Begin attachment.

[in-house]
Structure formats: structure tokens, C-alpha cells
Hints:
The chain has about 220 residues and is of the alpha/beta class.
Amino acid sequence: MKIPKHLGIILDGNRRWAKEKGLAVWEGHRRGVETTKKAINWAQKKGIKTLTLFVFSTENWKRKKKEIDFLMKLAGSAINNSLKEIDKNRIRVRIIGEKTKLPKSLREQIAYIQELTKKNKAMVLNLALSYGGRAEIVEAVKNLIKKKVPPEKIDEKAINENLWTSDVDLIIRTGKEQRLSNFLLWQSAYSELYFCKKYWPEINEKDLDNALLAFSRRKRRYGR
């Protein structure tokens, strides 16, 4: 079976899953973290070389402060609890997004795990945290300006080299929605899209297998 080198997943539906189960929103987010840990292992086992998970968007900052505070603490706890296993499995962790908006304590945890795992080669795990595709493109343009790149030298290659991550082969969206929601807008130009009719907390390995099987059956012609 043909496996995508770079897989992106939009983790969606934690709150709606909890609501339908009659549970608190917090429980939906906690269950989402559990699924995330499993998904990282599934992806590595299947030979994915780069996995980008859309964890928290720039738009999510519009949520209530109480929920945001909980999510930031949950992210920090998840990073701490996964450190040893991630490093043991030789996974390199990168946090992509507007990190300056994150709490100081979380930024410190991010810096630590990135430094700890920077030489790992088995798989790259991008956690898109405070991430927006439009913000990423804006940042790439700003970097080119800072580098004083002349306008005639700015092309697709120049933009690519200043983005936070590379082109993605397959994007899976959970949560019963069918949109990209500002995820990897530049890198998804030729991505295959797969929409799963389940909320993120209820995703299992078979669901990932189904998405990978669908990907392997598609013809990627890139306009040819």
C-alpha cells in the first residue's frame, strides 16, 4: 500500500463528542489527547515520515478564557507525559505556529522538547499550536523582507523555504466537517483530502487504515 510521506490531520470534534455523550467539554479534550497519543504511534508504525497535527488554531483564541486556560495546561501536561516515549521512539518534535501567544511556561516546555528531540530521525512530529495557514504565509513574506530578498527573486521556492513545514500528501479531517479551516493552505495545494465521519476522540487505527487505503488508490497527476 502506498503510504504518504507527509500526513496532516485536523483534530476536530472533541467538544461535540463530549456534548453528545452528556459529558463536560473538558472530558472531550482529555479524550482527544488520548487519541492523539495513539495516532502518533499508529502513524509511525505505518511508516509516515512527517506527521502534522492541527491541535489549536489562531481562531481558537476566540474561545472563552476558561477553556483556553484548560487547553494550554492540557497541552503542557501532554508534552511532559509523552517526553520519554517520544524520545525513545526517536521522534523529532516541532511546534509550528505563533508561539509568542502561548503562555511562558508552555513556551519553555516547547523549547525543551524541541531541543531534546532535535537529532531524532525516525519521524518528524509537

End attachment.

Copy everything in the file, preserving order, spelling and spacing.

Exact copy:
[in-house]
Structure formats: structure tokens, C-alpha cells
Hints:
The chain has about 220 residues and is of the alpha/beta class.
Amino acid sequence: MKIPKHLGIILDGNRRWAKEKGLAVWEGHRRGVETTKKAINWAQKKGIKTLTLFVFSTENWKRKKKEIDFLMKLAGSAINNSLKEIDKNRIRVRIIGEKTKLPKSLREQIAYIQELTKKNKAMVLNLALSYGGRAEIVEAVKNLIKKKVPPEKIDEKAINENLWTSDVDLIIRTGKEQRLSNFLLWQSAYSELYFCKKYWPEINEKDLDNALLAFSRRKRRYGR
């Protein structure tokens, strides 16, 4: 079976899953973290070389402060609890997004795990945290300006080299929605899209297998 080198997943539906189960929103987010840990292992086992998970968007900052505070603490706890296993499995962790908006304590945890795992080669795990595709493109343009790149030298290659991550082969969206929601807008130009009719907390390995099987059956012609 043909496996995508770079897989992106939009983790969606934690709150709606909890609501339908009659549970608190917090429980939906906690269950989402559990699924995330499993998904990282599934992806590595299947030979994915780069996995980008859309964890928290720039738009999510519009949520209530109480929920945001909980999510930031949950992210920090998840990073701490996964450190040893991630490093043991030789996974390199990168946090992509507007990190300056994150709490100081979380930024410190991010810096630590990135430094700890920077030489790992088995798989790259991008956690898109405070991430927006439009913000990423804006940042790439700003970097080119800072580098004083002349306008005639700015092309697709120049933009690519200043983005936070590379082109993605397959994007899976959970949560019963069918949109990209500002995820990897530049890198998804030729991505295959797969929409799963389940909320993120209820995703299992078979669901990932189904998405990978669908990907392997598609013809990627890139306009040819």
C-alpha cells in the first residue's frame, strides 16, 4: 500500500463528542489527547515520515478564557507525559505556529522538547499550536523582507523555504466537517483530502487504515 510521506490531520470534534455523550467539554479534550497519543504511534508504525497535527488554531483564541486556560495546561501536561516515549521512539518534535501567544511556561516546555528531540530521525512530529495557514504565509513574506530578498527573486521556492513545514500528501479531517479551516493552505495545494465521519476522540487505527487505503488508490497527476 502506498503510504504518504507527509500526513496532516485536523483534530476536530472533541467538544461535540463530549456534548453528545452528556459529558463536560473538558472530558472531550482529555479524550482527544488520548487519541492523539495513539495516532502518533499508529502513524509511525505505518511508516509516515512527517506527521502534522492541527491541535489549536489562531481562531481558537476566540474561545472563552476558561477553556483556553484548560487547553494550554492540557497541552503542557501532554508534552511532559509523552517526553520519554517520544524520545525513545526517536521522534523529532516541532511546534509550528505563533508561539509568542502561548503562555511562558508552555513556551519553555516547547523549547525543551524541541531541543531534546532535535537529532531524532525516525519521524518528524509537